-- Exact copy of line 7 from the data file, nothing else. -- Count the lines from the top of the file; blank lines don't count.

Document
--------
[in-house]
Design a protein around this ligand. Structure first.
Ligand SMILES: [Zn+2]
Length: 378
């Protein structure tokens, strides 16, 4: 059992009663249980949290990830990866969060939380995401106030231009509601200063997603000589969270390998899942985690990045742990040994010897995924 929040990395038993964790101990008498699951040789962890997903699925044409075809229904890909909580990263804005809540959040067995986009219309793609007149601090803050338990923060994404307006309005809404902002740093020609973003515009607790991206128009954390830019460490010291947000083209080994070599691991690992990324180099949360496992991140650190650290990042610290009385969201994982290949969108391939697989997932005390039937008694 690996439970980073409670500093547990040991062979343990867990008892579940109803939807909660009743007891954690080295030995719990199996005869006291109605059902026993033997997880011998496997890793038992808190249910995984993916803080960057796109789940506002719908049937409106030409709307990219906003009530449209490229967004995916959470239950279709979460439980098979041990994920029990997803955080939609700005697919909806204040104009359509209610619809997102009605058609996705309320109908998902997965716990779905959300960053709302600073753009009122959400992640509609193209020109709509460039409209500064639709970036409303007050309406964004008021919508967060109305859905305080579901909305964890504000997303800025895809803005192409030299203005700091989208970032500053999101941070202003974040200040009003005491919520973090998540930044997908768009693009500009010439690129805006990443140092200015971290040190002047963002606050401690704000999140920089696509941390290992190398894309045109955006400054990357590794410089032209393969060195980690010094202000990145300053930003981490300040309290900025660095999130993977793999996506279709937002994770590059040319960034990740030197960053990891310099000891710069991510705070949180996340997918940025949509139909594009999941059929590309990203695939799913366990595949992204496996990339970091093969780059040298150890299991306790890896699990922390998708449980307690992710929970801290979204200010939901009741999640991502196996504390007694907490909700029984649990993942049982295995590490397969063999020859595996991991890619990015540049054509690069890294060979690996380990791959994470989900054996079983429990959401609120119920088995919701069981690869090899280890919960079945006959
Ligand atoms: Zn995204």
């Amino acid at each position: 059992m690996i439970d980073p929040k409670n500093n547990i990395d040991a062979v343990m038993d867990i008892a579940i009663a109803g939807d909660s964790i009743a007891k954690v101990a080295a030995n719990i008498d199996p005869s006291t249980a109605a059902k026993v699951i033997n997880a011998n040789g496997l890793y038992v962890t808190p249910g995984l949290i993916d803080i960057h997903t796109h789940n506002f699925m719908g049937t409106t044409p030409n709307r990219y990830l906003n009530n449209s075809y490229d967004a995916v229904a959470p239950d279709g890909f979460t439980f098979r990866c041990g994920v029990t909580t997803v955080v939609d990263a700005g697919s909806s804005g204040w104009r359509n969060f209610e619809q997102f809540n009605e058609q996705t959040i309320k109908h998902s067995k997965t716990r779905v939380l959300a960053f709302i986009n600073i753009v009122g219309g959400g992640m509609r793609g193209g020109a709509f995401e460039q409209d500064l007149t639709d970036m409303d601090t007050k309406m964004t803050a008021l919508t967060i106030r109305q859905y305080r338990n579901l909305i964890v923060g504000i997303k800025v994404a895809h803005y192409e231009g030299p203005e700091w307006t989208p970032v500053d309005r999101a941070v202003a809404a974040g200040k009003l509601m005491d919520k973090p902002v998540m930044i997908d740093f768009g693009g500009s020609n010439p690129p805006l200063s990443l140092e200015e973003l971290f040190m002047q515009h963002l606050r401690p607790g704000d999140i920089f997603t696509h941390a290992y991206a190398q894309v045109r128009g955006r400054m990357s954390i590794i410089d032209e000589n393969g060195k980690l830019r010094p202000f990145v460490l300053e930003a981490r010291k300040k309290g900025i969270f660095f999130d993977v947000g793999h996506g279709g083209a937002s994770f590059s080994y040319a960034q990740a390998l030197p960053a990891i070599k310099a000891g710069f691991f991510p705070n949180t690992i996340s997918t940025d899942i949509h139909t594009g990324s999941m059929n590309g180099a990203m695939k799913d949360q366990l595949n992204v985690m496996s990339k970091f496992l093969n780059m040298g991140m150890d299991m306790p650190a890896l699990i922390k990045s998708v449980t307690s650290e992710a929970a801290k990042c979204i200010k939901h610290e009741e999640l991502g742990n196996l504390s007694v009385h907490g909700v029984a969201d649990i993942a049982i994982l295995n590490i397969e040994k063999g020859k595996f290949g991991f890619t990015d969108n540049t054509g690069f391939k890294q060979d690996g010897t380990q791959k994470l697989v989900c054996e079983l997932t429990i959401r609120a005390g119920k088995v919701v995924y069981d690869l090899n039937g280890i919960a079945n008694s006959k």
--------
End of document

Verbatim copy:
């Amino acid at each position: 059992m690996i439970d980073p929040k409670n500093n547990i990395d040991a062979v343990m038993d867990i008892a579940i009663a109803g939807d909660s964790i009743a007891k954690v101990a080295a030995n719990i008498d199996p005869s006291t249980a109605a059902k026993v699951i033997n997880a011998n040789g496997l890793y038992v962890t808190p249910g995984l949290i993916d803080i960057h997903t796109h789940n506002f699925m719908g049937t409106t044409p030409n709307r990219y990830l906003n009530n449209s075809y490229d967004a995916v229904a959470p239950d279709g890909f979460t439980f098979r990866c041990g994920v029990t909580t997803v955080v939609d990263a700005g697919s909806s804005g204040w104009r359509n969060f209610e619809q997102f809540n009605e058609q996705t959040i309320k109908h998902s067995k997965t716990r779905v939380l959300a960053f709302i986009n600073i753009v009122g219309g959400g992640m509609r793609g193209g020109a709509f995401e460039q409209d500064l007149t639709d970036m409303d601090t007050k309406m964004t803050a008021l919508t967060i106030r109305q859905y305080r338990n579901l909305i964890v923060g504000i997303k800025v994404a895809h803005y192409e231009g030299p203005e700091w307006t989208p970032v500053d309005r999101a941070v202003a809404a974040g200040k009003l509601m005491d919520k973090p902002v998540m930044i997908d740093f768009g693009g500009s020609n010439p690129p805006l200063s990443l140092e200015e973003l971290f040190m002047q515009h963002l606050r401690p607790g704000d999140i920089f997603t696509h941390a290992y991206a190398q894309v045109r128009g955006r400054m990357s954390i590794i410089d032209e000589n393969g060195k980690l830019r010094p202000f990145v460490l300053e930003a981490r010291k300040k309290g900025i969270f660095f999130d993977v947000g793999h996506g279709g083209a937002s994770f590059s080994y040319a960034q990740a390998l030197p960053a990891i070599k310099a000891g710069f691991f991510p705070n949180t690992i996340s997918t940025d899942i949509h139909t594009g990324s999941m059929n590309g180099a990203m695939k799913d949360q366990l595949n992204v985690m496996s990339k970091f496992l093969n780059m040298g991140m150890d299991m306790p650190a890896l699990i922390k990045s998708v449980t307690s650290e992710a929970a801290k990042c979204i200010k939901h610290e009741e999640l991502g742990n196996l504390s007694v009385h907490g909700v029984a969201d649990i993942a049982i994982l295995n590490i397969e040994k063999g020859k595996f290949g991991f890619t990015d969108n540049t054509g690069f391939k890294q060979d690996g010897t380990q791959k994470l697989v989900c054996e079983l997932t429990i959401r609120a005390g119920k088995v919701v995924y069981d690869l090899n039937g280890i919960a079945n008694s006959k």